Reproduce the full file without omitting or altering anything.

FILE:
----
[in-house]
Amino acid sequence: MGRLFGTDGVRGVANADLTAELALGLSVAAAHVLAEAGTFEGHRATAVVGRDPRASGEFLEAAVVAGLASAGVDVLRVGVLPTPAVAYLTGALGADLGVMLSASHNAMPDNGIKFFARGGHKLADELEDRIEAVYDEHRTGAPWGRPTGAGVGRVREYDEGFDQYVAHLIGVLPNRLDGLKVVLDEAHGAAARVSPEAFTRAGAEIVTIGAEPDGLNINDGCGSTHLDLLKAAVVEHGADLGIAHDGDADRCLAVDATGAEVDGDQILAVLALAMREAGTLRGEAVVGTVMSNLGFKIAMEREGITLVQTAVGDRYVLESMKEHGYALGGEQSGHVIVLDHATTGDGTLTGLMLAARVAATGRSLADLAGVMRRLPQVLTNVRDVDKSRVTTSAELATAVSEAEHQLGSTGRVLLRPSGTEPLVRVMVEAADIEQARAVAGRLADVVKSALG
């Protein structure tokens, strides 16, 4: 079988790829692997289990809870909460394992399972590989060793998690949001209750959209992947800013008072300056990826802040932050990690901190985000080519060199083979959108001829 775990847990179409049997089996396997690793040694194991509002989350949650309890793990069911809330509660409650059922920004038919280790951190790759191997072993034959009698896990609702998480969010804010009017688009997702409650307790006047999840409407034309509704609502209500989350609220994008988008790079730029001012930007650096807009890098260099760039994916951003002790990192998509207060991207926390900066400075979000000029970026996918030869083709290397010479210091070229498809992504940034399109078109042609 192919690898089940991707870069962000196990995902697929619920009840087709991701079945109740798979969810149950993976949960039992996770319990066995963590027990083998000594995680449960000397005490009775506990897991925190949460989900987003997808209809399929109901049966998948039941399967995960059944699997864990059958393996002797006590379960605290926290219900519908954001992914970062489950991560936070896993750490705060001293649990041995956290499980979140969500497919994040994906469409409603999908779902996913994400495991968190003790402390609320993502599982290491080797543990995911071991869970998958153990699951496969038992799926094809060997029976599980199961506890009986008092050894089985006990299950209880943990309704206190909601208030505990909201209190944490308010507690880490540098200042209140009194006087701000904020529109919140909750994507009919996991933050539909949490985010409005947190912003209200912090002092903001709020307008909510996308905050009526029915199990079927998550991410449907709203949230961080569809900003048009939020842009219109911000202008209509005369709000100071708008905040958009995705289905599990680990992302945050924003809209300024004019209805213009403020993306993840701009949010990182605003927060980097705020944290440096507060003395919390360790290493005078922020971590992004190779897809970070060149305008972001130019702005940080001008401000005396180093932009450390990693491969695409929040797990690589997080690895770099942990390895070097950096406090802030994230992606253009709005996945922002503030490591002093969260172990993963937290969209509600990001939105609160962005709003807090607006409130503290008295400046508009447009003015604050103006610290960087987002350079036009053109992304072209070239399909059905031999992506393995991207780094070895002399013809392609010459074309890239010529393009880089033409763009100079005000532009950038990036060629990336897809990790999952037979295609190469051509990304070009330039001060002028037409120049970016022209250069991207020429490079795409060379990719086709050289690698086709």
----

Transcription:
[in-house]
Amino acid sequence: MGRLFGTDGVRGVANADLTAELALGLSVAAAHVLAEAGTFEGHRATAVVGRDPRASGEFLEAAVVAGLASAGVDVLRVGVLPTPAVAYLTGALGADLGVMLSASHNAMPDNGIKFFARGGHKLADELEDRIEAVYDEHRTGAPWGRPTGAGVGRVREYDEGFDQYVAHLIGVLPNRLDGLKVVLDEAHGAAARVSPEAFTRAGAEIVTIGAEPDGLNINDGCGSTHLDLLKAAVVEHGADLGIAHDGDADRCLAVDATGAEVDGDQILAVLALAMREAGTLRGEAVVGTVMSNLGFKIAMEREGITLVQTAVGDRYVLESMKEHGYALGGEQSGHVIVLDHATTGDGTLTGLMLAARVAATGRSLADLAGVMRRLPQVLTNVRDVDKSRVTTSAELATAVSEAEHQLGSTGRVLLRPSGTEPLVRVMVEAADIEQARAVAGRLADVVKSALG
């Protein structure tokens, strides 16, 4: 079988790829692997289990809870909460394992399972590989060793998690949001209750959209992947800013008072300056990826802040932050990690901190985000080519060199083979959108001829 775990847990179409049997089996396997690793040694194991509002989350949650309890793990069911809330509660409650059922920004038919280790951190790759191997072993034959009698896990609702998480969010804010009017688009997702409650307790006047999840409407034309509704609502209500989350609220994008988008790079730029001012930007650096807009890098260099760039994916951003002790990192998509207060991207926390900066400075979000000029970026996918030869083709290397010479210091070229498809992504940034399109078109042609 192919690898089940991707870069962000196990995902697929619920009840087709991701079945109740798979969810149950993976949960039992996770319990066995963590027990083998000594995680449960000397005490009775506990897991925190949460989900987003997808209809399929109901049966998948039941399967995960059944699997864990059958393996002797006590379960605290926290219900519908954001992914970062489950991560936070896993750490705060001293649990041995956290499980979140969500497919994040994906469409409603999908779902996913994400495991968190003790402390609320993502599982290491080797543990995911071991869970998958153990699951496969038992799926094809060997029976599980199961506890009986008092050894089985006990299950209880943990309704206190909601208030505990909201209190944490308010507690880490540098200042209140009194006087701000904020529109919140909750994507009919996991933050539909949490985010409005947190912003209200912090002092903001709020307008909510996308905050009526029915199990079927998550991410449907709203949230961080569809900003048009939020842009219109911000202008209509005369709000100071708008905040958009995705289905599990680990992302945050924003809209300024004019209805213009403020993306993840701009949010990182605003927060980097705020944290440096507060003395919390360790290493005078922020971590992004190779897809970070060149305008972001130019702005940080001008401000005396180093932009450390990693491969695409929040797990690589997080690895770099942990390895070097950096406090802030994230992606253009709005996945922002503030490591002093969260172990993963937290969209509600990001939105609160962005709003807090607006409130503290008295400046508009447009003015604050103006610290960087987002350079036009053109992304072209070239399909059905031999992506393995991207780094070895002399013809392609010459074309890239010529393009880089033409763009100079005000532009950038990036060629990336897809990790999952037979295609190469051509990304070009330039001060002028037409120049970016022209250069991207020429490079795409060379990719086709050289690698086709």